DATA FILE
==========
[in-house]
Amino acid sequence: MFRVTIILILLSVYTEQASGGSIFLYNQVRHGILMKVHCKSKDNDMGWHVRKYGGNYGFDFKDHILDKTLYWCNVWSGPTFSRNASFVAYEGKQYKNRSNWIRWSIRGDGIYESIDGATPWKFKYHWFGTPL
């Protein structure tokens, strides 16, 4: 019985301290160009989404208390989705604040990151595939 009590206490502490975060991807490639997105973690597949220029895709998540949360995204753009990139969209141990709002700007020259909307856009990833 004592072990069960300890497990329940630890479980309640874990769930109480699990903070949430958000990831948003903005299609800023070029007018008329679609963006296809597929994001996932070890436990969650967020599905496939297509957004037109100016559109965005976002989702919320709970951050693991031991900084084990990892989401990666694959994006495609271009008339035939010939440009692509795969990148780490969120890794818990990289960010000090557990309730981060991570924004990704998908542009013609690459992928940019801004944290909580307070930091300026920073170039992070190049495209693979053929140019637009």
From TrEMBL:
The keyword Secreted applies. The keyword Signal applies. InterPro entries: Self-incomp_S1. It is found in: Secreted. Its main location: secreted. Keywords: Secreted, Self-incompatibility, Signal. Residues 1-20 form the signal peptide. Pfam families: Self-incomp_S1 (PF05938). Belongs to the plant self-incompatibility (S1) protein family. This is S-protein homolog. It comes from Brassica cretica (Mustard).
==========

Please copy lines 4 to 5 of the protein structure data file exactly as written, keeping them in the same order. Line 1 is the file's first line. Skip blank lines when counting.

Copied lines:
From TrEMBL:
The keyword Secreted applies. The keyword Signal applies. InterPro entries: Self-incomp_S1. It is found in: Secreted. Its main location: secreted. Keywords: Secreted, Self-incompatibility, Signal. Residues 1-20 form the signal peptide. Pfam families: Self-incomp_S1 (PF05938). Belongs to the plant self-incompatibility (S1) protein family. This is S-protein homolog. It comes from Brassica cretica (Mustard).